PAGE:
CHAPTER TEN

1903 —1904: The King of Pitchers

HEN CY YOUNG reemerged into the public light from the winter recesses of Tuscarawas County in February 1903, he was in Macon, Georgia, coaching the Mercer University baseball team. According to Mercer lore, he used his stint as coach to introduce the pitchout to southeastern college baseball. 1 Meanwhile, the town ball field was also serving as a dusty spring training facility for Young's Boston club. Young was now generally regarded as the most remarkable pitcher in baseball history. With his 65 victories since joining the American League, he had amassed more triumphs than any major league hurler had won in any two-year period since 1893 and 1894, when Amos Rusie had won 69 and Kid Nichols had won 66. In addition to his talent, there was his unexampled durability. Only three men who had shared the field with him in his first game back in 1890 still played in the majors. An equal number were under the ground. He had launched his American League career at the age of 34. Now, at 36, he was as old as that most resilient of his great predecessors, Charley Radbourn, had been when he had stopped running in fast company. Young was, in short, close to moving into uncharted actuarial territory; and yet he could still plausibly claim to be at the top of his game.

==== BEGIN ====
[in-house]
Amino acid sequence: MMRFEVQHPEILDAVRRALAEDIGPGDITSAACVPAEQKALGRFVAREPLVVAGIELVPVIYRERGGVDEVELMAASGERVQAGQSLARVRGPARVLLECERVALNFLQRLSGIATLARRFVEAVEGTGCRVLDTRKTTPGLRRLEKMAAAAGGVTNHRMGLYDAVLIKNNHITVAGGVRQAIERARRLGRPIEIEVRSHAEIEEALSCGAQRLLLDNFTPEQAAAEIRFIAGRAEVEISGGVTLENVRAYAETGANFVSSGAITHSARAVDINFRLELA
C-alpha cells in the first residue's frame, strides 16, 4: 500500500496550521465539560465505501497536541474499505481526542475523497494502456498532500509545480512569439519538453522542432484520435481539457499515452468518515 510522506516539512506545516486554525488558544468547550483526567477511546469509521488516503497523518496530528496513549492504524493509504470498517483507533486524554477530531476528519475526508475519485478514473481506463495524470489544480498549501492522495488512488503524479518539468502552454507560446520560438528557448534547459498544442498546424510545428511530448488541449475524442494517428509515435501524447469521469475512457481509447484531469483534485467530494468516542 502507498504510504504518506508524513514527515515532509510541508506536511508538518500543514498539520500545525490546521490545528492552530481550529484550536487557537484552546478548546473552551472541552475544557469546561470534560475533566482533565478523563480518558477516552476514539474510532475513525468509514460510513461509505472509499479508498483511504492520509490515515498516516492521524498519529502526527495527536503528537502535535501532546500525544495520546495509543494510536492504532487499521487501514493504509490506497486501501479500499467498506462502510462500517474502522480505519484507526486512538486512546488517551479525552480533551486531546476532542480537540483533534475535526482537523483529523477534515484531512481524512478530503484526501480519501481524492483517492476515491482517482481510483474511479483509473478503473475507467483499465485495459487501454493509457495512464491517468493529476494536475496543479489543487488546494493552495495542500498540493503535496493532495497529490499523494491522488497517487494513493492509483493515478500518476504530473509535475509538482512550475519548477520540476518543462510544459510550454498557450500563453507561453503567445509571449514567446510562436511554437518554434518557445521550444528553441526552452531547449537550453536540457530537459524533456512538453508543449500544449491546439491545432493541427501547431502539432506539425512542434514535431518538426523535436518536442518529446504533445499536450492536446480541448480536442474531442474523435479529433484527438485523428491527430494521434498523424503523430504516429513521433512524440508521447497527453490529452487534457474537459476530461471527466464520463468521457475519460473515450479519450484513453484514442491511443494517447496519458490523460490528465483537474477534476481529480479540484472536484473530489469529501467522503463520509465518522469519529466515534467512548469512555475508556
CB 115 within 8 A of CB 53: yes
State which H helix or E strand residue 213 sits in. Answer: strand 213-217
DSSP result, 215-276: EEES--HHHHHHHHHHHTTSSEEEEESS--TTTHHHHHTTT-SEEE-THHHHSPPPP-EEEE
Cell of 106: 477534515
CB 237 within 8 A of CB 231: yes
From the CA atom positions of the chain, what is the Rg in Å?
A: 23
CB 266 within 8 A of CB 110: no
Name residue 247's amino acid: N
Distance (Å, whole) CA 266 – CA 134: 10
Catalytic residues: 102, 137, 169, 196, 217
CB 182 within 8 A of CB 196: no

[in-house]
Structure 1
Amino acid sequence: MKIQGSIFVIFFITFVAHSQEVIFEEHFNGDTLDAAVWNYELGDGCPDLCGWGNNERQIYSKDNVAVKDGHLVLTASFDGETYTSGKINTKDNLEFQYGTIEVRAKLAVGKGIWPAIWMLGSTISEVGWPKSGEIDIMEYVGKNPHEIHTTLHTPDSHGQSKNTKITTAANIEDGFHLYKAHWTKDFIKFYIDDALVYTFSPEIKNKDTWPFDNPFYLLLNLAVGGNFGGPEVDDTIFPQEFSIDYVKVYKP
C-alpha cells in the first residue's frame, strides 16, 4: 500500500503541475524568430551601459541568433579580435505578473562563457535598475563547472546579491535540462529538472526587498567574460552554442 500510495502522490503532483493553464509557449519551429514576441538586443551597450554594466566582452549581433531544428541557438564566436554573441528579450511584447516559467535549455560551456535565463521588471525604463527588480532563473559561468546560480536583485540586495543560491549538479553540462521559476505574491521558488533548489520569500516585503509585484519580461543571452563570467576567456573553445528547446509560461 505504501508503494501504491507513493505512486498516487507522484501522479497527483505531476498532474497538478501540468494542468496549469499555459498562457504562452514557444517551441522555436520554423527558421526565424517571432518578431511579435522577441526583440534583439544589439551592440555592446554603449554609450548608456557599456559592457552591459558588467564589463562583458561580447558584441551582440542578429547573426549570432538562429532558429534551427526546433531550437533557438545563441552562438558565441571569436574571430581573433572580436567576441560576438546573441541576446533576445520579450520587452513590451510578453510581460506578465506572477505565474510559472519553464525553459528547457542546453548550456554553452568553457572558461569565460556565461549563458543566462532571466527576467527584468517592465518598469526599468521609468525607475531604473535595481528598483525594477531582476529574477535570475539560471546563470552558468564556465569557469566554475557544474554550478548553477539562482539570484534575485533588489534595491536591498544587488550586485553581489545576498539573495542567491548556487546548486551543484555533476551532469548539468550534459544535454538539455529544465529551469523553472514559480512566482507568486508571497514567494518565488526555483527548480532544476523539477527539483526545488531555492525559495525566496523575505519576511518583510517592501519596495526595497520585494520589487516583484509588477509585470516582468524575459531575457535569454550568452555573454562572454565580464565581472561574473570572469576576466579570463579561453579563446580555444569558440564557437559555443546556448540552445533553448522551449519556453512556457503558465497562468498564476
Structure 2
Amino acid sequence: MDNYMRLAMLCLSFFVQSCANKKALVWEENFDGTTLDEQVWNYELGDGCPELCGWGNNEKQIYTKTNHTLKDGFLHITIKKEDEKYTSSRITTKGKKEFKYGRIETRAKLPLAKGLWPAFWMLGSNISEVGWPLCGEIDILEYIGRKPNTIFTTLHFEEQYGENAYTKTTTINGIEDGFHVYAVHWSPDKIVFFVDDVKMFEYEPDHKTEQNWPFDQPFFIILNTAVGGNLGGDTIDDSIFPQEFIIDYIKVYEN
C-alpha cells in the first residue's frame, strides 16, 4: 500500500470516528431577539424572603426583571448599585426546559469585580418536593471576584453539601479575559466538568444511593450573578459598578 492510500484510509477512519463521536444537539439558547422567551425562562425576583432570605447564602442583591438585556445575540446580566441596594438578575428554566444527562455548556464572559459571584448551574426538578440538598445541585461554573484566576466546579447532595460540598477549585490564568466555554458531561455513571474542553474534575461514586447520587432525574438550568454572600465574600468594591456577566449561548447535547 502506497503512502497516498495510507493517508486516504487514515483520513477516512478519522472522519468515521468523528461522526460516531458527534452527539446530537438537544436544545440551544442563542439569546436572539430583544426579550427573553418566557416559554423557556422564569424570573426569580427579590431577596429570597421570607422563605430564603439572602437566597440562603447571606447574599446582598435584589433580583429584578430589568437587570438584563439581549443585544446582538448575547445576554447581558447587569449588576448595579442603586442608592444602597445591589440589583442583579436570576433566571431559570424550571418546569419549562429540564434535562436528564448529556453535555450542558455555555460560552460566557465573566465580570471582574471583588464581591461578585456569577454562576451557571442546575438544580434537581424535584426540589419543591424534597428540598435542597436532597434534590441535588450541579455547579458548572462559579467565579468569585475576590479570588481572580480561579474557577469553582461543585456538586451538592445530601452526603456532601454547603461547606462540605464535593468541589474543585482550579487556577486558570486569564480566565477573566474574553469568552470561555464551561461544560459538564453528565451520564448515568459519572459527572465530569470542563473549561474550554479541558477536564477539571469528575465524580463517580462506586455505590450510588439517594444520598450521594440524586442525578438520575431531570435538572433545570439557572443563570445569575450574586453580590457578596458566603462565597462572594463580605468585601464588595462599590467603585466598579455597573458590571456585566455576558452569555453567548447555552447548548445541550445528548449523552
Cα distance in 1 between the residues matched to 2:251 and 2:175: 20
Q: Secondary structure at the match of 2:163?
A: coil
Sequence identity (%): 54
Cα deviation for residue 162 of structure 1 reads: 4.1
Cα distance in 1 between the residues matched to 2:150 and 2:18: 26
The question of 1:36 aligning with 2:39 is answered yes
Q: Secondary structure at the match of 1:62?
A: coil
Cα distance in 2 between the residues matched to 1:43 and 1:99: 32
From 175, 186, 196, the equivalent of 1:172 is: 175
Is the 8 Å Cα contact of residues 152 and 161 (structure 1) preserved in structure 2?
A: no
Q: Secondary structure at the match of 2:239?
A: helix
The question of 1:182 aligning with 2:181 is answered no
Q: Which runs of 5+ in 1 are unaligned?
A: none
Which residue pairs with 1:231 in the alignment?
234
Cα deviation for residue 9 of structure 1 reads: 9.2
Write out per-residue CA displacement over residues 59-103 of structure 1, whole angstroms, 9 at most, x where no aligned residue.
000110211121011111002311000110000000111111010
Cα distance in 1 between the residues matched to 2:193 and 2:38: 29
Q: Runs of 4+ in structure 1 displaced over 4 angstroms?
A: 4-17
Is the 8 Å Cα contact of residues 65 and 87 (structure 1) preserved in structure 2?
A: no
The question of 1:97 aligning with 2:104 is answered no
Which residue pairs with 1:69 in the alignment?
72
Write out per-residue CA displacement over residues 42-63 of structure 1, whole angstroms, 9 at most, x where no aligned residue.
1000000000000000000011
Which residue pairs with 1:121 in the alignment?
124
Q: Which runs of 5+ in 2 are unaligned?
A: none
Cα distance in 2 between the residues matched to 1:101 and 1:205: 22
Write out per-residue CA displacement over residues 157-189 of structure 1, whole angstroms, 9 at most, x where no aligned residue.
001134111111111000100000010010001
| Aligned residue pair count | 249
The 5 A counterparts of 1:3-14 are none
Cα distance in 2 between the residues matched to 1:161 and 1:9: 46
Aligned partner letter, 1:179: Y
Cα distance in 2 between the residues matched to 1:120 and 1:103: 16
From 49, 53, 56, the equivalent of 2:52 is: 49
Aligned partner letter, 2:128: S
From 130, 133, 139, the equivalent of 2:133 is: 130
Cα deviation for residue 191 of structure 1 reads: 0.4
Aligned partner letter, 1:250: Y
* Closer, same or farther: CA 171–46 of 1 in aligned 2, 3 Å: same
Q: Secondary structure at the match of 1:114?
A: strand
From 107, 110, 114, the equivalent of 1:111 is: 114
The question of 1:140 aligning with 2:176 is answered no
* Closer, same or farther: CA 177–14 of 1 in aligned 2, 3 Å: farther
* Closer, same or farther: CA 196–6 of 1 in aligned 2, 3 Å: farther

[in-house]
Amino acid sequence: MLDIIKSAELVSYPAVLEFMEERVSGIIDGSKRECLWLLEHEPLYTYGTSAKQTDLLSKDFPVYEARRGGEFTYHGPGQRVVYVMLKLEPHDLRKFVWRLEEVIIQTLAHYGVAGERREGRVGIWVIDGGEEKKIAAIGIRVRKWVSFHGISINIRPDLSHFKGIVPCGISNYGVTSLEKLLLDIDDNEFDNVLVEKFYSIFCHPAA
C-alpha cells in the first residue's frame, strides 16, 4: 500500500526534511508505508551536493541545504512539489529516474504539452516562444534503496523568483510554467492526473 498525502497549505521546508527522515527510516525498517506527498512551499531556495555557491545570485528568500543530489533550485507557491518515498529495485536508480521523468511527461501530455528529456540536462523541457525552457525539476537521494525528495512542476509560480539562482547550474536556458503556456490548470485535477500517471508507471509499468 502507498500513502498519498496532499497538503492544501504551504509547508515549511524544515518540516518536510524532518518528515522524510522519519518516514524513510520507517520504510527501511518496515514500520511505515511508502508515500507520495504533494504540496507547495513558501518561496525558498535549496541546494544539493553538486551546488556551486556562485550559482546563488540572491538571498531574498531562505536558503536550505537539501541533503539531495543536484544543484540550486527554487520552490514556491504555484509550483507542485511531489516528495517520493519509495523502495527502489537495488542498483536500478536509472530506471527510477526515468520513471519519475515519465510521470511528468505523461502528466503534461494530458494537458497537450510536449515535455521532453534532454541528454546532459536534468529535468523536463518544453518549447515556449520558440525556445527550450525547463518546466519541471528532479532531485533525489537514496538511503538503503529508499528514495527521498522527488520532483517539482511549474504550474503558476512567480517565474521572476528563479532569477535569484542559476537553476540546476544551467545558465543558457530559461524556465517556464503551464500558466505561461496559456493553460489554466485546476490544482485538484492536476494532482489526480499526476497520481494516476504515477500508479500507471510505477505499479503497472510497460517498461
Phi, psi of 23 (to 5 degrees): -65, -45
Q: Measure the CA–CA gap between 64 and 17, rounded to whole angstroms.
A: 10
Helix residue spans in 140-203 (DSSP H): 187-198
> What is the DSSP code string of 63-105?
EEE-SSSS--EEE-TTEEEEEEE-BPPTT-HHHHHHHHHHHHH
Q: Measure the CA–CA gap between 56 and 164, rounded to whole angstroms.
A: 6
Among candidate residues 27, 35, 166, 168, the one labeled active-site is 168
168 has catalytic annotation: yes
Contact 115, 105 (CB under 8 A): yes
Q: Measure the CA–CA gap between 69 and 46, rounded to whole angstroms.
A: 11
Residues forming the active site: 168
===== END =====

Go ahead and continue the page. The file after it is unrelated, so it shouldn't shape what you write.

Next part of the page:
In only one respect was Cy Young disappointed with his work over the past two years; despite his efforts and ambitions, the Boston Americans had still not captured a pennant. What about the coming year? The objective observer might have seen little chance for improvement. After all, the club was entering the new season with virtually the same roster that had fallen short in 1902. An optimist could hope that Bill Dinneen, having struggled during his first year in the junior circuit, would recover

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